Health & Nutrition


So here’s the thing: Protein and supplements can be pretty expensive at the health food shop. $70 for 5 lbs of protein, that’s simply madness. Most supplement companies get their whey isolate & concentrate from the same handful of suppliers by the truckload.

 

Aside from some shifty supplement companies who cut their wholesale whey down and label it untruthfully, there’s almost no difference between these two…

…except for a few bucks/pound on the price tag. Once you know you like a particular flavor, get a 25lb bulk box shipped to you and scoop to your heart’s content.

The difference is even more pronounced with something like creatine, which comes in a million different formulations on the shelves, but when it comes down to it, simple creatine monohydrate powder is just as effective without the bells and whistles. It blends right into protein shakes, suspends in pre/mid-workout drinks, and you can slosh it back with orange juice if you’re a tough guy. Difference: $20-30 for capsules or smaller quantities of fancy mixing powders, $10-15/lb as simple powder from different companies like Dymatize or Canadian Protein.

Quick sidebar: for some reason creatine is misunderstood. It’s got a name that sounds medicinal but there’s nothing spooky about it. When your muscle fibers contract, it’s like a ratchet that works on the molecular level. ATP (adenosine tri-phosphate) is the molecule that stores energy in our bodies, and when it makes a muscle fire, one of the phosphates breaks off. Creatine is another molecule that our body normally produces, that catches the lose phosphate and reattaches it to the adenosine group, recharching it. That’s really handwavey, but hopefully helpful. It’s not to be whispered along with things like steroids. Think of it as … steak extract. Having a bit extra helps muscles contract repeatedly and recover (by resetting the adenosine groups) from bouts of exertion.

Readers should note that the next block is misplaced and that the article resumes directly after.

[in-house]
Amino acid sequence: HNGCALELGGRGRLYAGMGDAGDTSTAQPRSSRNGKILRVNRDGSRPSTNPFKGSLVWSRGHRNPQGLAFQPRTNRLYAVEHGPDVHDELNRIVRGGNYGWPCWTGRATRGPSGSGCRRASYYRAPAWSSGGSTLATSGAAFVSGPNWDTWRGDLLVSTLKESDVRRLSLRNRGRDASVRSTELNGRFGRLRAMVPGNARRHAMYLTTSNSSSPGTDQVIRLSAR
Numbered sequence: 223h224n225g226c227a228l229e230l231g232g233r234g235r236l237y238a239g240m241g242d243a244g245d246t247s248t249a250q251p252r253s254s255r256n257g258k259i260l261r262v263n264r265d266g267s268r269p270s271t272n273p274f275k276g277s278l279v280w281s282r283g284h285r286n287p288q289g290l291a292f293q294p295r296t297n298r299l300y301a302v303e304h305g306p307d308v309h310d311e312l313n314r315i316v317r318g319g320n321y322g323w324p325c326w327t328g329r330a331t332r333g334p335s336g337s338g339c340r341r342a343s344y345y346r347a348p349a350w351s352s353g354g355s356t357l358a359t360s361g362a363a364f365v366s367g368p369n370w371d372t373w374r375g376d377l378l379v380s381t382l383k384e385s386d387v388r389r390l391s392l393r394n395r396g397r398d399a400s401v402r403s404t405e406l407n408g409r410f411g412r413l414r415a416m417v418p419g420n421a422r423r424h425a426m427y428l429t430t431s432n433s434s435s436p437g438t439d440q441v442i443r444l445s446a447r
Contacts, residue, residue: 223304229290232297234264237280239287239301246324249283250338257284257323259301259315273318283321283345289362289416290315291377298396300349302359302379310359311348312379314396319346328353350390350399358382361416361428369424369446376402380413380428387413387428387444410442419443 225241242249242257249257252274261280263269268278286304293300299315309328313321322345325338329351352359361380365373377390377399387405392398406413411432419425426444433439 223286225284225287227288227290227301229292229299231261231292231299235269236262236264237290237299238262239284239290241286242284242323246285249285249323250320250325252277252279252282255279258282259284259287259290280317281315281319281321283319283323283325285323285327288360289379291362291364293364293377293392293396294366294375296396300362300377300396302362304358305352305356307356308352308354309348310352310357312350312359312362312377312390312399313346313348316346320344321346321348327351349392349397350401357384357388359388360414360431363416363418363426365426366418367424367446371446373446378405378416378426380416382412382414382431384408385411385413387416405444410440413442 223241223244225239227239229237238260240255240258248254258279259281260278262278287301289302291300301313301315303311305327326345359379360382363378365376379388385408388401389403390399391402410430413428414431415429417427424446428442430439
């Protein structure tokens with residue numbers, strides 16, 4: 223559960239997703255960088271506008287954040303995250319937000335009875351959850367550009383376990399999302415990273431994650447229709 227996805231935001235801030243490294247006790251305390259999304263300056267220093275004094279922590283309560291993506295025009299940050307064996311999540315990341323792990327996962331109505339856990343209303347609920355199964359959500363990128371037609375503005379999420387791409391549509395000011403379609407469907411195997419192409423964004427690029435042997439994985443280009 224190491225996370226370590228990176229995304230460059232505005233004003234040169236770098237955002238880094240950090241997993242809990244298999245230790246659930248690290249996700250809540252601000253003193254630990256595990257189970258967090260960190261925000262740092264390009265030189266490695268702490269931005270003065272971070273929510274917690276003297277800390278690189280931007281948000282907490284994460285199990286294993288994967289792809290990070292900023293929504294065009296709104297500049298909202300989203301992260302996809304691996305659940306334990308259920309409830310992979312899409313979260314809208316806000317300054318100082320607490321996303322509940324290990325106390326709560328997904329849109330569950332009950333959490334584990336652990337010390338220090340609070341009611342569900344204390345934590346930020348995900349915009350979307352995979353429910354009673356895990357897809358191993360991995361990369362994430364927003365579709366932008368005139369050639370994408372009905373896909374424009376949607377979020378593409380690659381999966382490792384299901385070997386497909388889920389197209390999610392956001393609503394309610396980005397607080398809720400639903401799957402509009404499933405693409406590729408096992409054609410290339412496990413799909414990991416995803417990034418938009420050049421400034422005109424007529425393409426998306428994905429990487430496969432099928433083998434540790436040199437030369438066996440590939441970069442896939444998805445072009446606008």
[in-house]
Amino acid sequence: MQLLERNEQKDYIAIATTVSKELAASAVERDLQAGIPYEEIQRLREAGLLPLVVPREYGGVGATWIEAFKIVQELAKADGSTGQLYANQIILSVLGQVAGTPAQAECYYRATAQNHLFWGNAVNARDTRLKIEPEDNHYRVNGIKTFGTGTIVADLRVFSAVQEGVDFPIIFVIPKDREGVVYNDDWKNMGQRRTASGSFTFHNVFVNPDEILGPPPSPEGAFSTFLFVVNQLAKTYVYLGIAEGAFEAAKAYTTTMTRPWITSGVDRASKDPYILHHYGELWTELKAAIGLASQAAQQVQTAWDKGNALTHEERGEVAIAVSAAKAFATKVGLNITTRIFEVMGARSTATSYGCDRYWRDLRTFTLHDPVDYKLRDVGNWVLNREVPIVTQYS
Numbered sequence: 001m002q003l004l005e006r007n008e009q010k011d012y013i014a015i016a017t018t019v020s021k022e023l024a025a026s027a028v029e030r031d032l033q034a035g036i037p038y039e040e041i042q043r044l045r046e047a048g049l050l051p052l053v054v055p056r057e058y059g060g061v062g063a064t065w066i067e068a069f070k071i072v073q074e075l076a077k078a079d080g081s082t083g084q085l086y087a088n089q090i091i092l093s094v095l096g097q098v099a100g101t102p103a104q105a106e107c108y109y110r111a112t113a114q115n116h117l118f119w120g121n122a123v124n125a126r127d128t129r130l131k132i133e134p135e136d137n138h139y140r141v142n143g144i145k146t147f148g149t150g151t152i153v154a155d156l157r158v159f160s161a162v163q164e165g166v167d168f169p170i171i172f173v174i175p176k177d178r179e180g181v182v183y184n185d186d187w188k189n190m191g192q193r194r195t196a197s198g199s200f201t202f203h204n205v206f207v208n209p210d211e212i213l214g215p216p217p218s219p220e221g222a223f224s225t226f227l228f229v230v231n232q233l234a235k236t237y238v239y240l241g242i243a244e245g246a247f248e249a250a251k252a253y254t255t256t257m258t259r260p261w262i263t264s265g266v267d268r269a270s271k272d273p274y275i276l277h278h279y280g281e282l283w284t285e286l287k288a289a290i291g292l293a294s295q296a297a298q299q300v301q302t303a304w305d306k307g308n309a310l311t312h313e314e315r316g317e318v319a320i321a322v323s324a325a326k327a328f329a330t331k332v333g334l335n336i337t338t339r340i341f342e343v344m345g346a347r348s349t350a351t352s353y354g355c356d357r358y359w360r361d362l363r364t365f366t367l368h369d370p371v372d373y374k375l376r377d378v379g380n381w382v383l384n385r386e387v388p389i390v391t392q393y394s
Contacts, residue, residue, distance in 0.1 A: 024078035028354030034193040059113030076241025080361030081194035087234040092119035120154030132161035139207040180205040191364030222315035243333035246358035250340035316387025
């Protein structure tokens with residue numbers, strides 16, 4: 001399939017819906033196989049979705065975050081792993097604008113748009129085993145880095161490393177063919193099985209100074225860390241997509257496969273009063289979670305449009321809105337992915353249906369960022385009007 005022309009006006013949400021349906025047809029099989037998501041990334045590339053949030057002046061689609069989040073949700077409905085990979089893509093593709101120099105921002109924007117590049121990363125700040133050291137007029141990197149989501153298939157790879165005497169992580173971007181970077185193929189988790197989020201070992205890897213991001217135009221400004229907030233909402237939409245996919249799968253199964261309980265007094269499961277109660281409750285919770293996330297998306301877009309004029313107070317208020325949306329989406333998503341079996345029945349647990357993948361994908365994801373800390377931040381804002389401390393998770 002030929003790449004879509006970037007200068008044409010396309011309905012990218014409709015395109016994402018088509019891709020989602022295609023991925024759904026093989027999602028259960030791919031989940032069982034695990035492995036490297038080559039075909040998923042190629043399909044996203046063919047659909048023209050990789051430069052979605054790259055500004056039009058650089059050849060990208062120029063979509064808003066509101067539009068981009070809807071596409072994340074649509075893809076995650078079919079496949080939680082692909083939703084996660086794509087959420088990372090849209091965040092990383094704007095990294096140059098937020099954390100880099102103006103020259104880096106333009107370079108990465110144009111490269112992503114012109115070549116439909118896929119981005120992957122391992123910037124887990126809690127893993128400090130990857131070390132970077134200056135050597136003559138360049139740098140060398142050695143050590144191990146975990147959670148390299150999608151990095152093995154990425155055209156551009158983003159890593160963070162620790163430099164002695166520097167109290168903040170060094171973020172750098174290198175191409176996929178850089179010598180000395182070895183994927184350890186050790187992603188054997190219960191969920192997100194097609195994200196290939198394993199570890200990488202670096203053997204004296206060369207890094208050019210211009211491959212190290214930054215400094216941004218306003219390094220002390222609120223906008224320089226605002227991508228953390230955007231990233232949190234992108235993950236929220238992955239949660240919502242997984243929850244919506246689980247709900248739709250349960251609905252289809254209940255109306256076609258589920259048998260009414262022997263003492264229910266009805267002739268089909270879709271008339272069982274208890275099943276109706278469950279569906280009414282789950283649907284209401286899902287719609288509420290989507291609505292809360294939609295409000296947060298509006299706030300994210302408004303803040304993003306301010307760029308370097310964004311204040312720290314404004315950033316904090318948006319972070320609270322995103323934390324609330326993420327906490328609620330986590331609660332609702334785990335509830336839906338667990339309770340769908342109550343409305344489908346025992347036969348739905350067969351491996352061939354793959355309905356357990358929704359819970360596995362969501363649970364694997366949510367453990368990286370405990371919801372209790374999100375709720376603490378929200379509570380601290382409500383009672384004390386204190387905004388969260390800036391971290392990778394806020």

Same with BCAAs (branch-chain amino acids)- often used to protect muscles when going for a while without food, or to provide a bit of an energy buffer for a long workout. $45 will get you 400 capsules with a measly 1g of BCAAs each (plus a bunch of filler to make the pill), or $30 can get you a pound (454g) of mixable powder with sugar-free flavors, too. Green Apple from Canadian Protein happens to be legit delicious. If you want to go all-out, you could just get Leucine (the specific BCAA that triggers muscle protein synthesis).

Another sidebar, this one more nerdy: scientific evidence is mounting that leucine is one of the most important signalers for the body to start MPS, muscle protein synthesis. This is the process that repairs and lays down new muscle. One of the bigger debates in the past was how much protein and when – but it might just be that they were overlooking the underlying mechanism; how much of which type of protein did it take to reach a sufficient threshold of leucine  in the body to start the process. Norton 2008 for one reference, more by searching. Anyway. Short version is that spiking a half-size protein shake or small meal with a few grams of leucine may have similar effects to a full meal containing that much leucine. Consider throwing half a pound of leucine into 5lbs of protein shake mix if you like to make snack-sized shakes throughout the day.

Canadian Protein


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Physical Education in the US by John F. Kennedy [via Facebook]

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Physical Education in the US by John F. Kennedy – Compare this with today!
Posted by Sergi Constance on Thursday, March 26, 2015


In the slow change is better than no change category:

On June 16, 2015, the United States Food and Drug Administration (FDA) announced their decision to eliminate trans fat from food in the United States by 2018, with a gradual phase-out period beginning immediately.Take THAT, trans fat advocates! Hold on … are there any trans fat advocates? While some dislike government regulation of foods and nutrients, there isn’t much debate about trans fat health effects anymore.

This brings up a question … if we all know that trans fat is bad, why is it still a public and personal health issue? Well, it is true that trans fat consumption has dipped considerably, with blood levels dropping by 58% in the 2000s. But incremental consumption of industrially produced trans fat is incrementally harmful, and the National Academy of Science has concluded that there is no safe trans fat dose.

Source: The skinny on the trans fat ban – Examine.com Blog | Examine.com